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Laying a bead on flat 3mm sheet offcuts first , then a lap joint in the same material , then fillet welds in the same and then butt joints .

Galv'd scaffold tube is just about the worst thing to start with. Apart from health risks , contamination of the weld pool with molten zinc will pretty much ensure a bad weld. As a seasoned welder joining galv'd pieces are right at the bottom of my list of joints I can trust. Your local motor factor can supply sheets of steel for sill repairs etc probably up to 2mm and as Ross says a local fab shop scrap bin will provide plenty of scope.

You have provided some top quality kit so try and give him the best scrap available

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In addition to the above comments - 1" by ~3mm flat bar is cheap as chips from steel stockholders and very easily chopped (or folded :ph34r:) to fit in the back of the car. I always keep some flat bar, some 6/8mm round rod and a bit of 1" angle & box kicking round as it's very cheap and always handy.

As others have said, there's plenty that's far easier than trying to weld round crusty scaff tube - if you read through my thread on the welding course we did in the evenings at Basingstoke college you'll see the exercises they were giving us to practice, maybe your lad could replicate them:

 

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Now that he's got going we have context to some of the hints and warning given here. We're in Bedfordshire and I can't wait to get the boy under the wing of a very kindly pro near Ampthill. Meantime he's also going in for a bit of geekdom messing with Macbook Unibody Laptops, and Linux installs, this when he's not sleeping or eating me out house and home. Then again, that's a 15YO for you, and we were much the same at his age.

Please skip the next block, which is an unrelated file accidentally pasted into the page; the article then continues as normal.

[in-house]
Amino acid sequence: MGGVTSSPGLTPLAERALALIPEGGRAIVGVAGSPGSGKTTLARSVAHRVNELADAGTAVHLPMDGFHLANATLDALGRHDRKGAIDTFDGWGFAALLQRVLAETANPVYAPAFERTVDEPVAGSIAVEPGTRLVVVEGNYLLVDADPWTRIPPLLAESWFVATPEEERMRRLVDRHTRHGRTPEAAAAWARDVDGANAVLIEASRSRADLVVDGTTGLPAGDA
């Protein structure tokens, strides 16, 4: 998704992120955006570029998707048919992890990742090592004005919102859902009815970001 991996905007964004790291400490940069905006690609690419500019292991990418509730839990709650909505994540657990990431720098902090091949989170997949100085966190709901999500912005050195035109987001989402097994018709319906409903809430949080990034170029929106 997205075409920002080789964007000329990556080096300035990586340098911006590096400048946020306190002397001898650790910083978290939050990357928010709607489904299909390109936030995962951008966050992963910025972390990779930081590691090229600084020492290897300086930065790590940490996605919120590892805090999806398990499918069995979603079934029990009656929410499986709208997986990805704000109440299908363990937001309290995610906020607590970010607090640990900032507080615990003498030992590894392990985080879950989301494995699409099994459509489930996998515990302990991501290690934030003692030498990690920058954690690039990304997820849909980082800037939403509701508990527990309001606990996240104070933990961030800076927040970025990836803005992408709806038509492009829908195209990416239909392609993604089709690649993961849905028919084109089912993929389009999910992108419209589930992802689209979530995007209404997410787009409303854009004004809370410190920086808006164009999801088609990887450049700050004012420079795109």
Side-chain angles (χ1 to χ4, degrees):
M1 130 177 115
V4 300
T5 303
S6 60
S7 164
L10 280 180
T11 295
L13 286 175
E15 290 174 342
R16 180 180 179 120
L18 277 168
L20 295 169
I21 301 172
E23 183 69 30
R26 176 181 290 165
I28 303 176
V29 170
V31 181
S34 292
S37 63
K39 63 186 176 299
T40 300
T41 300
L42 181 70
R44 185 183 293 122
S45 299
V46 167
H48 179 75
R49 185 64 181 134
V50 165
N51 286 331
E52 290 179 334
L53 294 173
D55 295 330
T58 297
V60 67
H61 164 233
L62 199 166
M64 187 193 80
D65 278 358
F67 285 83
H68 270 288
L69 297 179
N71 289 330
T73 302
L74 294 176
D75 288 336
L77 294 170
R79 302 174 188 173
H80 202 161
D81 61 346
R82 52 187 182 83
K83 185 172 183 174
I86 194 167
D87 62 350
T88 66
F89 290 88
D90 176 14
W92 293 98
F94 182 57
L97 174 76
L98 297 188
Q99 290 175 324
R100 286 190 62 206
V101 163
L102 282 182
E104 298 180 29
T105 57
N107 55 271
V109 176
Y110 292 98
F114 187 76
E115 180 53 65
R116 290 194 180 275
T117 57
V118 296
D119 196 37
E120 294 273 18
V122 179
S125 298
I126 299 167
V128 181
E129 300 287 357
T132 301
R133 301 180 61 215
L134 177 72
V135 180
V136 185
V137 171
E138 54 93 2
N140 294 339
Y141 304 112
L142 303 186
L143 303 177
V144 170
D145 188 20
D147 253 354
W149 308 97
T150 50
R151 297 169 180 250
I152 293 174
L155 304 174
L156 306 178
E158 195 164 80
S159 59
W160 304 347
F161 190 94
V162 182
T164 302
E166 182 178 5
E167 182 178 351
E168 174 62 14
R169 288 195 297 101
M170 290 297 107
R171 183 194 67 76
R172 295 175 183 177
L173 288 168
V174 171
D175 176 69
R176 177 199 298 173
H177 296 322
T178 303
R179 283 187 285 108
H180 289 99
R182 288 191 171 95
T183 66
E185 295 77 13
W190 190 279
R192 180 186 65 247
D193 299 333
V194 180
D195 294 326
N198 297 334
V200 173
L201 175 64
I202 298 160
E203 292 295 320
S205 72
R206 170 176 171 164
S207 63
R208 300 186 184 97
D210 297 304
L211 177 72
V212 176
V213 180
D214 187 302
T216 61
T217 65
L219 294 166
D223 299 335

I'm going to set out to get some  proper scrap, and now with context, take the advice. He's young enough to have time for making the odd mess, and make way for me not knowing one end of welding from the other. He'll get there.

 

Edited by Landrover17H
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Well I am a plater , ie fabricator in todays speak. No matter what your buying buy a good machine , it will last him his lifetime.  The cheap machines will have problems with wire feeding in mig . Thats a fact buy if you can afford it a oxford mig maker 330 it gos right down to 15 amps single phaze and you can weld up to 15mm and  plate or thick dependant on experience. They guarantee spares for 20 years   These Chinese inverters like r tech are carp  they wont last. If you get a good welder oxford ,lincolin ect. They will last and your sons will learn a lot faster on a good machine. Gas go to boc and ask about the voxzone deal / hobby welder £60 bottle rental for a year and £60 is refill. Spend about £1000 on a welder, I know its expensive but it will pay for itself.  Spend a few hundred and all you will get is wire feed problems  and your son will learn nothing. Mig is easiest to learn stick is the cheapest but not suitable for cars ect.

Andy

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See if you can find a place that has box section offcuts. You can just weld on the side, put two ends together for but joints, put one on top of the other for fillets. Tel the company you are using them for your lad to practice and you will throw the scrap back in after welding and you will likely get it free. If they think you are making something they might be more likely to charge.